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Know about Hair Growth Cycle

Know about Hair Growth Cycle

16 May, 2022

Hair Growth Cycle. When men see a pile of hair on the bathroom floor, they usually ask themselves a couple of questions. First of all, when did I last vacuum here? And, why is there so much hair on the floor and not on my head?

Switching to the serious side of this point, it is indeed frustrating to see your hair fall out, and research shows you’re not alone. On an average, we all have around 100,000 hairs on our scalp, and we lose about 100 hairs a day. We all undergo a natural hair life cycle where a large majority of hairs on our scalp continuously grows while a minority sheds. It is when this cycle is disturbed that leads to hair loss. Let’s deep dive to understand this better.

  1. Anagen Phase: the hair is growing

During the anagen phase, your hair grows at an average rate of ½ inch per month. The length of this growing phase determines the maximum length of hair. For most people, this can be anywhere between 18 and 30 inches.

Typically, these hair growth cycles occur every two to six years. Yes, that’s a long time to grow hair. But how do we explain things like hair loss and male pattern baldness when our hair grows back so frequently? The answers lie in the following stages of hair growth.

  1. Catagen Phase: the hair falls

Once your hair has completed growing, it enters a transitional phase called Catagen. By “transition” we mean when your hair starts falling out.

This is not as bad as it sounds, and the science behind it is very interesting. Your hair receives a certain signal from your body telling it to stop growing, and your follicles react by shrinking slightly and separating from your blood supply.

When you see the word “decoupling”, you might think that at this stage your hair will fall out and you’re doomed to go bald forever. The good news is that when it comes off the scalp, it usually doesn’t fall out until the new hair starts to push up.

  1. Telogen Phase: the hair is resting

When your hair falls off your scalp, it enters a resting state called telogen. Your dying hair only stays on top of your head for three to five months before finally being pushed out by brand new hair.

However, this stage is by no means easy. Researchers at Harvard Medical School describe a condition called telogen effluvium. It’s a very fancy term used to describe the phenomenon of bodily changes or unexpected stressors accelerating the telogen phase. People with telogen effluvium lose over 300 hairs per day compared to the typical 100 we mentioned earlier.

  1. Exogen Phase: the hair is shedding

Your hair goes through a lot before it reaches the exogen stage. Once your new hair grows in, the old hair will completely fall off the scalp and start to fall out in large quantities. While you’ll usually notice this after brushing your hair, you’ll also see clumps of hair running down the shower drain or styling.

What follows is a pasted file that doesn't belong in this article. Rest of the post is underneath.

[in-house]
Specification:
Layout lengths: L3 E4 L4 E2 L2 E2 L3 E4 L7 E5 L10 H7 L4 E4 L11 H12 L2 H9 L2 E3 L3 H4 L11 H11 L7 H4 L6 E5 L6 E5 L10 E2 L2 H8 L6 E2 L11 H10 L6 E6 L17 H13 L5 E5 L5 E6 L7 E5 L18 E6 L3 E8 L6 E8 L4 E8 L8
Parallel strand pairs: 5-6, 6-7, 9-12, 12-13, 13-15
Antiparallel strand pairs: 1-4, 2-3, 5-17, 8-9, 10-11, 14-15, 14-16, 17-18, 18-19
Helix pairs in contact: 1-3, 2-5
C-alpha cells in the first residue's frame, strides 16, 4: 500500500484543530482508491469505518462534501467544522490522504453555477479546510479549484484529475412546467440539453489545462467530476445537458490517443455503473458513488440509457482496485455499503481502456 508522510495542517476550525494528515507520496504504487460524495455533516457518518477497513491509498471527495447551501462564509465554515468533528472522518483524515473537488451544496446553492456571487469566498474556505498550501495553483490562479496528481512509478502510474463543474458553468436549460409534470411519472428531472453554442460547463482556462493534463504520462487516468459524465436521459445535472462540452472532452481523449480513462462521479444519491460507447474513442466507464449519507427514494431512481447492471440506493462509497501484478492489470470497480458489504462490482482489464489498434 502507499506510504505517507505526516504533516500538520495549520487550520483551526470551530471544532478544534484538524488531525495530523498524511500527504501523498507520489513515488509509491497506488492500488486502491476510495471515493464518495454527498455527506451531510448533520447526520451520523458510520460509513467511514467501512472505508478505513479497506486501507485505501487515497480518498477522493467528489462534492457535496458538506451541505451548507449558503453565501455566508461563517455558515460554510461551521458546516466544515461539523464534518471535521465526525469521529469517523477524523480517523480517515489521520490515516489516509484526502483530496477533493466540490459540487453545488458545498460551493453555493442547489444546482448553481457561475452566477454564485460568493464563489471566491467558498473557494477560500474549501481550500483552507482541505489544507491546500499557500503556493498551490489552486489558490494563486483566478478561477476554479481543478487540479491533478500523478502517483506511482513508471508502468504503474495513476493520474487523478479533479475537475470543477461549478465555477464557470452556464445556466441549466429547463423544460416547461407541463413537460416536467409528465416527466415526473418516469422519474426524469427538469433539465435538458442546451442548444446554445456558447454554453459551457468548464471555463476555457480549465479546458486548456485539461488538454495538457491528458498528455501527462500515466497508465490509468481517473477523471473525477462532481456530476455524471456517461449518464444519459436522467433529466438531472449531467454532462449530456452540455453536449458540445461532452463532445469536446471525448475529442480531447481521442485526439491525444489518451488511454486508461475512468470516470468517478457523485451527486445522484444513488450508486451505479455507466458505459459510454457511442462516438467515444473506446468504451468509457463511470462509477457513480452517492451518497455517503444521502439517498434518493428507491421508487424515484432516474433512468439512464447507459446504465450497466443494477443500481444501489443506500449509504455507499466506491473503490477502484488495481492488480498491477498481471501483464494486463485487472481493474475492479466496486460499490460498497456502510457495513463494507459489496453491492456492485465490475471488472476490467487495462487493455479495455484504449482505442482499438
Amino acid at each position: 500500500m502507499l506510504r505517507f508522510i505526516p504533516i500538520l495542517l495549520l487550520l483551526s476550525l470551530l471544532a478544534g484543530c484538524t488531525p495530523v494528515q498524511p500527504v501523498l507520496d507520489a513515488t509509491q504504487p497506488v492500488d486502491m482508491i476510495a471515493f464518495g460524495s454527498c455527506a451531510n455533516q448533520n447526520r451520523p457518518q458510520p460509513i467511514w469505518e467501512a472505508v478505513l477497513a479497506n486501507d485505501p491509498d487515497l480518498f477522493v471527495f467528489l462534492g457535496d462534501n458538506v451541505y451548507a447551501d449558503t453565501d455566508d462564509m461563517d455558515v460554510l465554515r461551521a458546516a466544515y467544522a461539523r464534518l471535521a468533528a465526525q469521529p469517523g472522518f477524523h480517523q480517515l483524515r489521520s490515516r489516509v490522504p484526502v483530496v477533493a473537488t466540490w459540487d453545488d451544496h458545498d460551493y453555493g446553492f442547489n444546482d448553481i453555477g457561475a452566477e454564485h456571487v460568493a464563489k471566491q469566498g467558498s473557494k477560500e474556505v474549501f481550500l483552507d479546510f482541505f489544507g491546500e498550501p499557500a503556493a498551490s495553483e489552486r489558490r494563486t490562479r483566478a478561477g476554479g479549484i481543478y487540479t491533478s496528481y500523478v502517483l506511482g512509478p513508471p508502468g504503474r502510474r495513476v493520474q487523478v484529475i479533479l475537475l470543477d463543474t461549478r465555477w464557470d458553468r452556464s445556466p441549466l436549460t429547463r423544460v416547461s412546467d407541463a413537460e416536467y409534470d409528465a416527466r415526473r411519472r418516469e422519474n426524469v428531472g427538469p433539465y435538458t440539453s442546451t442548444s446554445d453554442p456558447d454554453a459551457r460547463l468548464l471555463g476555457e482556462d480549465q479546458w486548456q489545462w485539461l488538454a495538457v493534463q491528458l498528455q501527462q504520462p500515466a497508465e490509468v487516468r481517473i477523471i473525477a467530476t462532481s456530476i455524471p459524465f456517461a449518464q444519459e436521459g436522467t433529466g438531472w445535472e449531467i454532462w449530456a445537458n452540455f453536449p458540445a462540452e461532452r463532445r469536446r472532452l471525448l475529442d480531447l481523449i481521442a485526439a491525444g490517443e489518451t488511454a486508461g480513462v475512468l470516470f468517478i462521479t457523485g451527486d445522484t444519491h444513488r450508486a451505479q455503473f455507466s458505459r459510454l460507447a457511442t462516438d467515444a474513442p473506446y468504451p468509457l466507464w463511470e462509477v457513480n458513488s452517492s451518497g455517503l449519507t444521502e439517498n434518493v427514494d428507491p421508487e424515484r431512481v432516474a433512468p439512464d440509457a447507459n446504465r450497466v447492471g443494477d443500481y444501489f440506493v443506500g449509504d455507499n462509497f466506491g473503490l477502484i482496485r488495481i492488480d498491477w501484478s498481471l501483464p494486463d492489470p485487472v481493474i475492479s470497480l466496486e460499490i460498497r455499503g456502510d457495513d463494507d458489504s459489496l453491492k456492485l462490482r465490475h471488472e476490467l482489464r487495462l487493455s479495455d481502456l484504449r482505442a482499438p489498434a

What happens to hair loss during these stages?

Not all hair growth cycles are considered equal. When male pattern baldness begins, the hair follicles become smaller, making it difficult for hair to grow. In addition, Evolved Clinics hair loss expert, Paul Green points out that the anagen phase becomes shorter, while the telogen phase remains the same or even increases.

As research has shown, this phase reversal has something to do with your genes. While this means you can’t control whether or not you’re affected, you can prevent it from getting worse with treatment.

What effects, do hair loss treatments and transplant have on the hair growth cycle?

DHT is a male sex hormone that usually helps your body develop muscles and facial hair. In men with male pattern baldness, DHT also starts to attach to your hair follicles, making them smaller and smaller until they no longer grow hair.

However, DHT does not do this alone. Like any villain, it does this with the help of a partner, an enzyme called 5α-reductase. Finasteride stops the production of 5α-reductase. This means that DHT cannot get the boost it needs to miniaturize the hair follicle.

Minoxidil works a little differently. It helps increase the size of anagen hair follicles (remember, hair loss occurs in men when these follicles get smaller and smaller) and reduces the duration of telogen. This means your hair will be healthier and grow more frequently.

And hair transplant is the only permanent solution as it redistributes the hair from the back of your head i.e. hair which is immune to DHT and implants it to the front/ top of the scalp where it’s needed.

We talk a lot about science here, and for good reason. The bottom line is that every man’s hair grows (and falls) at a different rate, but they all go through the same stages. Because of this, knowing each stage of hair growth cycle makes it easier to assess your own hair loss and better understand how a hair transplant or other hair loss treatments can help.

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